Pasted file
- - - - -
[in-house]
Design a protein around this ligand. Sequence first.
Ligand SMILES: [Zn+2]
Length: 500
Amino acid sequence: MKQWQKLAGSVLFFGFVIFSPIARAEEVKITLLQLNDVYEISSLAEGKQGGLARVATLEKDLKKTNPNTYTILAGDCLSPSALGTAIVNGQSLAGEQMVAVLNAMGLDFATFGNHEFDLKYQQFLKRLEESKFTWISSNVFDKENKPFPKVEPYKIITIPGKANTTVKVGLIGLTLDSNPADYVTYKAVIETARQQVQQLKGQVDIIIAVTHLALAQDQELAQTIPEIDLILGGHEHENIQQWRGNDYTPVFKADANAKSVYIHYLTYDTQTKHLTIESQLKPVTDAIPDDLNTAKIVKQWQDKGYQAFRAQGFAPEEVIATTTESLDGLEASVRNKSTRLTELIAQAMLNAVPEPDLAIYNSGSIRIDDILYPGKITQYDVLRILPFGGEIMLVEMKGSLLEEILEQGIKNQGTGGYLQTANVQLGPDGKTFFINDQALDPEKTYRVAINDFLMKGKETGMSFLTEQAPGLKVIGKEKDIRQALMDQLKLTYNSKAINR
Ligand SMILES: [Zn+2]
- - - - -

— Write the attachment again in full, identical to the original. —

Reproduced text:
[in-house]
Design a protein around this ligand. Sequence first.
Ligand SMILES: [Zn+2]
Length: 500
Amino acid sequence: MKQWQKLAGSVLFFGFVIFSPIARAEEVKITLLQLNDVYEISSLAEGKQGGLARVATLEKDLKKTNPNTYTILAGDCLSPSALGTAIVNGQSLAGEQMVAVLNAMGLDFATFGNHEFDLKYQQFLKRLEESKFTWISSNVFDKENKPFPKVEPYKIITIPGKANTTVKVGLIGLTLDSNPADYVTYKAVIETARQQVQQLKGQVDIIIAVTHLALAQDQELAQTIPEIDLILGGHEHENIQQWRGNDYTPVFKADANAKSVYIHYLTYDTQTKHLTIESQLKPVTDAIPDDLNTAKIVKQWQDKGYQAFRAQGFAPEEVIATTTESLDGLEASVRNKSTRLTELIAQAMLNAVPEPDLAIYNSGSIRIDDILYPGKITQYDVLRILPFGGEIMLVEMKGSLLEEILEQGIKNQGTGGYLQTANVQLGPDGKTFFINDQALDPEKTYRVAINDFLMKGKETGMSFLTEQAPGLKVIGKEKDIRQALMDQLKLTYNSKAINR
Ligand SMILES: [Zn+2]